1. Multivitamins and Minerals.
Too much of a good thing is bad for you. Lots of delicious chewy colourful animal-shaped multivitamins can do your child more harm than good. Take in too many vitamins and minerals and your body will try to dispose of the excess, but a few do not simply flush out. Iron is especially dangerous because children can't process iron like adults can, and we aren't very good at it. The excess iron doesn't go anywhere, it stays in their bodies and poisons them. Keep iron tablets and syrup with your dangerous medicines locked away, and not on the bedside cabinet. A 24lb (10.8kg) toddler only needs to swallow 2 iron tablets to have taken too many, and 8 iron tablets is a severely toxic dose.
Instead: Do a simple scientific experiment with your older kids to find out 'how much iron is in their breakfast cereal?'
Toothpaste contains Flouride, which in small amounts it is harmless and massively helpful for our teeth. Good mouth health is really more important than you may realise. Unhealthy teeth can be factors in heart disease, respiratory infections and dementia.
Flouride is also a very effective poison. Acute fluoride poisoning occurs at doses as low as 0.1 to 0.3 mg per kg of bodyweight, and a long stripe of toothpaste on a small brush can contain 1.5mg of flouride. Enough to give your one year old a very nasty tummyache...
Instead: Use a pea-sized amount of toothpaste for brushing, polish your phone screen, remove stains and draw out your pimples! Here are some other uses for toothpaste that don't involve your teeth.
3. Cotton buds.
Not the ones with a big spoon, standard little ones. Kids will poke them everywhere, but especially anywhere they shouldn't go, and a cotton bud jammed into a keyhole is really annoying. A cotton bud shoved into child's ear can do a lot of harm. Keep them out of reach and don't let the kids see you digging for treasure either.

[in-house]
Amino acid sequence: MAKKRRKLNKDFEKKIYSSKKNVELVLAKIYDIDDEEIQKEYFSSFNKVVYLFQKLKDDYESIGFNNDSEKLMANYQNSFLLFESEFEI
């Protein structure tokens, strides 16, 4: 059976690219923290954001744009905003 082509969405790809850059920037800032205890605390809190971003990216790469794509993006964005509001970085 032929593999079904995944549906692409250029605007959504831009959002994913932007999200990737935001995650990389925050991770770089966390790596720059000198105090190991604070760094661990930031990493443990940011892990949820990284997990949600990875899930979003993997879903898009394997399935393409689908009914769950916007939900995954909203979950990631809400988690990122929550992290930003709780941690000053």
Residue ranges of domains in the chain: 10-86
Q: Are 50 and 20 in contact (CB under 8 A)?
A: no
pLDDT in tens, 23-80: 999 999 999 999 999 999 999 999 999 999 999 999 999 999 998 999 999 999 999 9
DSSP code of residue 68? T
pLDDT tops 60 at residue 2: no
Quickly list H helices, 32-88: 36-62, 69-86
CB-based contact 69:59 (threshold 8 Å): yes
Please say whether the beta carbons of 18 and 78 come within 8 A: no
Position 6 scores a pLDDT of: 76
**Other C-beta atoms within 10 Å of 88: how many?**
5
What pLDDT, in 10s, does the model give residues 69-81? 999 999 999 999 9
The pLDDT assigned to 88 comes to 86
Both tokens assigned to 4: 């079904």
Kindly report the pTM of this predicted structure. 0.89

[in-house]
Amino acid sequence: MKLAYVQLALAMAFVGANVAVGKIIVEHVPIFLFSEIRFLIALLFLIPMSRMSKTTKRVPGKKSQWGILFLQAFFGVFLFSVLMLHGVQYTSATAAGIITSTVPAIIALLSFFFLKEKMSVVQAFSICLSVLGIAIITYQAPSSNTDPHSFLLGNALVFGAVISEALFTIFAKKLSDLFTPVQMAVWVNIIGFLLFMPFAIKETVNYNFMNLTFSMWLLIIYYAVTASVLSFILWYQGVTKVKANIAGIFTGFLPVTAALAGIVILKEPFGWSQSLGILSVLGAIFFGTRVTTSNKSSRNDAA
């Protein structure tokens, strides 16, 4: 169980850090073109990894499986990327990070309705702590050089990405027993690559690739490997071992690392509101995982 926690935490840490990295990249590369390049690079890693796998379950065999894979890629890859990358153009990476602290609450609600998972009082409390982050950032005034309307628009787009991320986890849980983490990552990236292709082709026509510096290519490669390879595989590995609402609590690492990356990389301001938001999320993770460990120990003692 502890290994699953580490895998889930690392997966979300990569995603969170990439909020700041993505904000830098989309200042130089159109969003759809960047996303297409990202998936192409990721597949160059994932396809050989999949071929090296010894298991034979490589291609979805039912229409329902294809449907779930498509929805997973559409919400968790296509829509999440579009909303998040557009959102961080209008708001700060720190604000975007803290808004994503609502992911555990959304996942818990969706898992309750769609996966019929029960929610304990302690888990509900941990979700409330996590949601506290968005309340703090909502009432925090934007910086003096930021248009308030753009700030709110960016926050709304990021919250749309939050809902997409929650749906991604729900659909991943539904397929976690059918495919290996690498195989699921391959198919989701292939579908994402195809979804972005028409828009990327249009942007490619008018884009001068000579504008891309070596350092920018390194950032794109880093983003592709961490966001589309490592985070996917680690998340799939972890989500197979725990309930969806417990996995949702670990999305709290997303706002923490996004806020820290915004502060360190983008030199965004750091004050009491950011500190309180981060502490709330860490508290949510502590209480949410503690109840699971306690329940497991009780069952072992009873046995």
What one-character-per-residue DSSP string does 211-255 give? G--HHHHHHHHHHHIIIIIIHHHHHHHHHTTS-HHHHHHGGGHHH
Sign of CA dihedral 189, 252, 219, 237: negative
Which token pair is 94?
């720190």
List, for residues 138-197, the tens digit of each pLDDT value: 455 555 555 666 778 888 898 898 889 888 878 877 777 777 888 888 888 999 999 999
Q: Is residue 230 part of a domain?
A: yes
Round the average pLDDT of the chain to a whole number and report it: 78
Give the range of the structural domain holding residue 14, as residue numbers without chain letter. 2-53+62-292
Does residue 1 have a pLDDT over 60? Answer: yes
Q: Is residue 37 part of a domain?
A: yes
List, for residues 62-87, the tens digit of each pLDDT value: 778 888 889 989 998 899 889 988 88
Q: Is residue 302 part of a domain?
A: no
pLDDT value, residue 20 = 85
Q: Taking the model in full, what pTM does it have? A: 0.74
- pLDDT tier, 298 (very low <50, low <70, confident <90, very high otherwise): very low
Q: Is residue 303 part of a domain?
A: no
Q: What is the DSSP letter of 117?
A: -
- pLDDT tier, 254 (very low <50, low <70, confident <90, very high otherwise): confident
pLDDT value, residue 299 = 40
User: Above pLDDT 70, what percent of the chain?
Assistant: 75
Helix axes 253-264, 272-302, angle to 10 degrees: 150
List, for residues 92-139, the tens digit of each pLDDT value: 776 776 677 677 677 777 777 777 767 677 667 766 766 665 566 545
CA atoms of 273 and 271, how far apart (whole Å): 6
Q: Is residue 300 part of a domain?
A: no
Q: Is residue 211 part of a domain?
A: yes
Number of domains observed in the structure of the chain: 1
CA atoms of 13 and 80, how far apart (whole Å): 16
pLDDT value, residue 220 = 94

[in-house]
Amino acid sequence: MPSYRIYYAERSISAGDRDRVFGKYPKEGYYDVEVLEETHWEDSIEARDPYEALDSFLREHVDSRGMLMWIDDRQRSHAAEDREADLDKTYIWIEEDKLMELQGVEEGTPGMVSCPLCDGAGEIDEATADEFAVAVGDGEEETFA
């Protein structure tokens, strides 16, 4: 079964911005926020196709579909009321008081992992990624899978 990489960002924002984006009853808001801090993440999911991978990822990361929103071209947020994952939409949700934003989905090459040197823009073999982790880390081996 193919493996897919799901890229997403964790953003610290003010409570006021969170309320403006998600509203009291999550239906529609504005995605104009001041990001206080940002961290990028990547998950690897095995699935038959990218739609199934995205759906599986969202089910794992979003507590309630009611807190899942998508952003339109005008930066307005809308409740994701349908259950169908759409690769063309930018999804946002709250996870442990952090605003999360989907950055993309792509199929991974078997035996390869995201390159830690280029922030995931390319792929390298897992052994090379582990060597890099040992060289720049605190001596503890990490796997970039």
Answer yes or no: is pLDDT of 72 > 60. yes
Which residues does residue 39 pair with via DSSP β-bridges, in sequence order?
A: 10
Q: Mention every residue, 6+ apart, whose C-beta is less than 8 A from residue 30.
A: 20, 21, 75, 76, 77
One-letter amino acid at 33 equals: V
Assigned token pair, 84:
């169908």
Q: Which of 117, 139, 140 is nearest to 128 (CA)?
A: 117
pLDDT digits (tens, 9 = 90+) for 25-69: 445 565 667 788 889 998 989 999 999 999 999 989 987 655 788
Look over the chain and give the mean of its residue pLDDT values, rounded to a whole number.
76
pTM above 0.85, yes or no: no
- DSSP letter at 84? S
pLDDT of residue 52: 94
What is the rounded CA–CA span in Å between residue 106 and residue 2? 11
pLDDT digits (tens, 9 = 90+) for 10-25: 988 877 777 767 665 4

Instead: Use cotton buds to clean inside the spout in sippy cups.
4. Boring Looking Plants.
Quite a few plants and flowers are a weeny bit poisonous. They can look and smell great, who wouldn't want to eat them? And your small child will, all the time. What's more surprising is that crawlers and toddlers are constantly grabbing and chewing leaves. Some of the most poisonous plants in the UK are boring-looking, and stunningly common, including Privet, Yew and Hogweed. Children get confused by the differences between edible plants and decorative ones, which parts are edible and which are poisonous, and cannot be held responsible if they get it wrong. Learn for yourself about which plants in your garden are poisonous, and teach your children not to eat anything you don't eat first.
Instead: Grow vegetables or fruit in your garden, in pots or window boxes. Teach your children to cook with vegetables and find out which vitamins you are eating. It may just help in a zombie apocalypse...
5. Hanging Cord Loops.
|See the problem?|
|See the problem now?|
Instead: Pull your blinds or curtains to exactly half way closed and cut the string where it loops. Tie a knot on each end or fasten beads or bits of wood (or whatever floats your boat) so that when you pull the cord it doesn't unravel.
6. Washing Machines and Tumble Driers.
Seriously it is not funny to see that photo of your child lying giggling in the washing machine on my Facebook feed. I am not laughing, I'm think-screaming at you to quit it and tell them off so much that they never consider it again. You only have to Google 'child suffocates in washing machine' and see that list of newspaper headlines once.